The year 2014 was a busy one for comic book movies. Fans saw the likes of Captain America: The Winter Soldier, Guardians of the Galaxy, X-Men: Days of Future Past, and The Amazing Spider-Man 2 all released and do incredibly well at the box office. Teenage Mutant Ninja Turtles (2014) arrived toward the tail end of the summer. It debuted early in Mexico in July before receiving its international release a few days later on August 8. In South Africa, it arrived much later than that, because Hollywood seems to hate letting us watch Teenage Mutant Ninja Turtles movies at the same time as everyone else across the globe.
To say critics were divided about the film would be putting it mildly. The film holds a super-low 21% score on Rotten Tomatoes, with most reviewers bashing the movie entirely. Daily Telegraph didn’t hold back in its review, writing: “The new film, projected in three dimensions and acted in one, is dreadful, but no more or less dreadful than the three Nineties live-action Turtles films that came before it.” Honestly, to mention the early live-action movies like that is heresy, but that’s a topic for another day.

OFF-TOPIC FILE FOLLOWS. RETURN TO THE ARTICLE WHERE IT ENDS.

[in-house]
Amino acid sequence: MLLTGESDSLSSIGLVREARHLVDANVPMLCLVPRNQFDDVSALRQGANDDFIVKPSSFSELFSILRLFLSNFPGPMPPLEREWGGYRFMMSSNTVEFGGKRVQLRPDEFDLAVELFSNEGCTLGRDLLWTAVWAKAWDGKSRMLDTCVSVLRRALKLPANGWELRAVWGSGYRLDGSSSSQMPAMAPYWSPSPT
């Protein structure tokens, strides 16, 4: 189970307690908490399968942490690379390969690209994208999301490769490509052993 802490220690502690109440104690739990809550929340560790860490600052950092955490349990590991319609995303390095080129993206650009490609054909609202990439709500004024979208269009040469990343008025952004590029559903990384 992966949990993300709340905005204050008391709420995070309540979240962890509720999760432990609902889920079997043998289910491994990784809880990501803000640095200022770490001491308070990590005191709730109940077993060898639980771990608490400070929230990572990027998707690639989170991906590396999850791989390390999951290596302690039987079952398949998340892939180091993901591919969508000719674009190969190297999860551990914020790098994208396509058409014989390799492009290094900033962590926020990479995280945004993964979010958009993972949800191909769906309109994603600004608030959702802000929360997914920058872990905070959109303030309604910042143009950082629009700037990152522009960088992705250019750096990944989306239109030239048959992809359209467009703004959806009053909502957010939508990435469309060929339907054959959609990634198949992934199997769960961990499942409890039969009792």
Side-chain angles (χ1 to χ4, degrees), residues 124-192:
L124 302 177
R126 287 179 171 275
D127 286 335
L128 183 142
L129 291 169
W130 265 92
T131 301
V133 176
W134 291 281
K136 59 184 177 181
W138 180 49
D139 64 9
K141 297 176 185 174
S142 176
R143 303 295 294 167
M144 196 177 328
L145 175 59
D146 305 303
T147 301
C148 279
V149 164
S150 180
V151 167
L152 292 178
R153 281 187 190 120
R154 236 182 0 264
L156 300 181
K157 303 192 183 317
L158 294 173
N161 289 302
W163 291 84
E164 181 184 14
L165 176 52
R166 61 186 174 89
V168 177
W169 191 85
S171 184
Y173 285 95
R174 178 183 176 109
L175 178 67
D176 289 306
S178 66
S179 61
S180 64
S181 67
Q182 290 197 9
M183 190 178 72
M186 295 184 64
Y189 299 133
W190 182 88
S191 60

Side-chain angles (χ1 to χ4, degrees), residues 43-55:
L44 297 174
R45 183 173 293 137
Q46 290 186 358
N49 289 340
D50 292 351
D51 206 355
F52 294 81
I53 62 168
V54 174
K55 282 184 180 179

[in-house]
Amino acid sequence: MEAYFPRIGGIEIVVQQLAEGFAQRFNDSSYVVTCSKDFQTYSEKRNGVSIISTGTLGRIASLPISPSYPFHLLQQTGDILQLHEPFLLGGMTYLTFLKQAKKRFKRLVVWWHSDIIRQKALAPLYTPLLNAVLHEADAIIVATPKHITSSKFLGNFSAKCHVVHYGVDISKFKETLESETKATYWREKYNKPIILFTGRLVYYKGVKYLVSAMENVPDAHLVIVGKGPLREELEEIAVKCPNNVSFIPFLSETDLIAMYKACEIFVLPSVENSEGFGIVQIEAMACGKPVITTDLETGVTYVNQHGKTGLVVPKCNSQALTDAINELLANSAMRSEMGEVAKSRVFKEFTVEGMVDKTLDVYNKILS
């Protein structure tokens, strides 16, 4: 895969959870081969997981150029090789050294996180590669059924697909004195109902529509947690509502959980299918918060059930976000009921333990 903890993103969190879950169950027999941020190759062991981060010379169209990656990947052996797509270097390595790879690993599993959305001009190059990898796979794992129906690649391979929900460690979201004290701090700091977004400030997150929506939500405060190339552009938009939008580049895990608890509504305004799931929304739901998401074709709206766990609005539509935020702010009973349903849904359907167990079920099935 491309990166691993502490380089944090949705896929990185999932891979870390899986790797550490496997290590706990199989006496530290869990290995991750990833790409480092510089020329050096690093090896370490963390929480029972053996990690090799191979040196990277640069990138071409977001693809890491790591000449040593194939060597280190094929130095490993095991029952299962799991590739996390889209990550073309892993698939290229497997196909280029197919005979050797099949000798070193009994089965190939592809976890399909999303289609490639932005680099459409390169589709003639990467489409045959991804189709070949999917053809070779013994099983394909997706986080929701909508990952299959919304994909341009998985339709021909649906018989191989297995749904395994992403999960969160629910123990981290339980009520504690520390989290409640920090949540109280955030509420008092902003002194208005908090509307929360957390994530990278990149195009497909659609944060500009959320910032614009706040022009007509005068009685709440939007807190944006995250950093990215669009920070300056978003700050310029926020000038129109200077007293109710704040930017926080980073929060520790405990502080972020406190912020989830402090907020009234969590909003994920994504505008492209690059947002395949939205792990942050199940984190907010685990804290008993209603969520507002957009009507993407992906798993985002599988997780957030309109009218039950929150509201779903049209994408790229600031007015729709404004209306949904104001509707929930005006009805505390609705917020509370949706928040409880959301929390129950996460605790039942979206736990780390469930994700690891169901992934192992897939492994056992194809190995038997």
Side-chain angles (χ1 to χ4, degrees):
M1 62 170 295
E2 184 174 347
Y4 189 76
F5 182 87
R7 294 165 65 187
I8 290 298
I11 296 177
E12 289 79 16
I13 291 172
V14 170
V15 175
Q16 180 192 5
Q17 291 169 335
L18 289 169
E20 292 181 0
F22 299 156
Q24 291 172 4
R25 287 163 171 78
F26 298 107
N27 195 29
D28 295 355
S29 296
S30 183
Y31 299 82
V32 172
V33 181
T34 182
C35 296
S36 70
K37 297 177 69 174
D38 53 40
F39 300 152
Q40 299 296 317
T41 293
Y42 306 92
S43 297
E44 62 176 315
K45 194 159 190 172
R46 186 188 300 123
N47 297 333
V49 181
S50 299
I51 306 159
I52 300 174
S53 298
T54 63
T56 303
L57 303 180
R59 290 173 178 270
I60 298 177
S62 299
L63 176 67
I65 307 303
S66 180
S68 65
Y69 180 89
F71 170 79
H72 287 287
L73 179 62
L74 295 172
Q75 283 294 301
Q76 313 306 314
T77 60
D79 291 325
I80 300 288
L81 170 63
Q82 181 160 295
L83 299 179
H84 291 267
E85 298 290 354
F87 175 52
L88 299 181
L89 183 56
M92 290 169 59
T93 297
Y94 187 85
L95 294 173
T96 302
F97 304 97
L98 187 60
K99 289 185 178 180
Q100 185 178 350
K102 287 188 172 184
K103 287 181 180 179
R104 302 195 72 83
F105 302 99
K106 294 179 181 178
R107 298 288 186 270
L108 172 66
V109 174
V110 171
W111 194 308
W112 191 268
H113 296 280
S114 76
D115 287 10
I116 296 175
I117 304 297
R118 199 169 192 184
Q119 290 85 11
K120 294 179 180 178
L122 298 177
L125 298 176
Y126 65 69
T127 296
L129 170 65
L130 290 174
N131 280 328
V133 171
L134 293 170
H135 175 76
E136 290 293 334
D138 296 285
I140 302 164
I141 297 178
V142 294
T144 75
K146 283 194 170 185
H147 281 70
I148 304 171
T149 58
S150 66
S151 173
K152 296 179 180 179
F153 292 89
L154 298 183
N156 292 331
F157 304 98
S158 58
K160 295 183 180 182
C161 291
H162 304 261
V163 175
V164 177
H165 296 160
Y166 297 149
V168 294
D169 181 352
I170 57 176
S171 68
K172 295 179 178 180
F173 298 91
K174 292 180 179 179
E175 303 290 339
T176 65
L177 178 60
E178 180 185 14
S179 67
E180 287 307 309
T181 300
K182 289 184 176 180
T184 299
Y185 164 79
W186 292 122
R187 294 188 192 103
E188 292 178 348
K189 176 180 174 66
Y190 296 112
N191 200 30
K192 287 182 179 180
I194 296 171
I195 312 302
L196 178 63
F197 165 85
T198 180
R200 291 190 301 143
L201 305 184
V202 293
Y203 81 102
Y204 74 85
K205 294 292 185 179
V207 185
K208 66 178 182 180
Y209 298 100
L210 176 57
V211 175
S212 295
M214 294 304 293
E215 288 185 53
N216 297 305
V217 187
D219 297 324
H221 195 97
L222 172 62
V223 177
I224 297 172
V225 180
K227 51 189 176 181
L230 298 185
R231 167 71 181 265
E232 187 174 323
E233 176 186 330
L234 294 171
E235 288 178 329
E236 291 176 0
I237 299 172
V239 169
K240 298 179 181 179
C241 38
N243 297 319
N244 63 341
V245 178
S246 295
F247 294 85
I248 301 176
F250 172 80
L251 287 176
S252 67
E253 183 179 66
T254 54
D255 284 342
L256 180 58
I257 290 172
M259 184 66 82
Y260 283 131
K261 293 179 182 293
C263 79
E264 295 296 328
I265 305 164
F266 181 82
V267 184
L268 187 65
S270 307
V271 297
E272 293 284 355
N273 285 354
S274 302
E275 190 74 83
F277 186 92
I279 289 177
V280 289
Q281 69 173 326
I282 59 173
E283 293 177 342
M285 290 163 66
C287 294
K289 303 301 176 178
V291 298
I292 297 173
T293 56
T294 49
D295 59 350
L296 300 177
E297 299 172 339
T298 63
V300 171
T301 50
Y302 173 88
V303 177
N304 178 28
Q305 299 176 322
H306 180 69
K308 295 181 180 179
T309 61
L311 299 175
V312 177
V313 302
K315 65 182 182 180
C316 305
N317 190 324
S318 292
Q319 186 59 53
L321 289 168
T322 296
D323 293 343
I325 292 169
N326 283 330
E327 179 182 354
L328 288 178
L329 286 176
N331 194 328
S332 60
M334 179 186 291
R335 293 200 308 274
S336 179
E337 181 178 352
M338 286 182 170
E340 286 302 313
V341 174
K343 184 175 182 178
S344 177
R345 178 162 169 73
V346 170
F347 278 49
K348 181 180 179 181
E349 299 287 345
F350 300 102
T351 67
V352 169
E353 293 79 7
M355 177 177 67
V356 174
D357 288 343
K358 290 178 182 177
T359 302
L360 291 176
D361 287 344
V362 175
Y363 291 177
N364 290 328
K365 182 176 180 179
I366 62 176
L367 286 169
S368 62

Regardless of what critics wrote about it, Teenage Mutant Ninja Turtles (2014) laughed all the way to the bank. It made a respectable $485 million from a $125 million budget. (Heck, Warner Bros.’ The Flash would travel back in time and force Barry Allen to revisit his mother’s death on an infinite loop for those kinds of numbers.) Naturally, a sequel went into development.
A franchise that never reached its full potential
The 2016 sequel, Teenage Mutant Ninja Turtles: Out of the Shadows, was much better received by critics. It also introduced Bebop and Rocksteady, as well as Krang; therefore, making it the perfect accompaniment to the 1987 animated series. Unfortunately, it failed to do the business at the box office, managing only $246 million from a $135 million budget. As a result, any potential third entry in the series was cancelled since the audience didn’t buy enough tickets for this movie.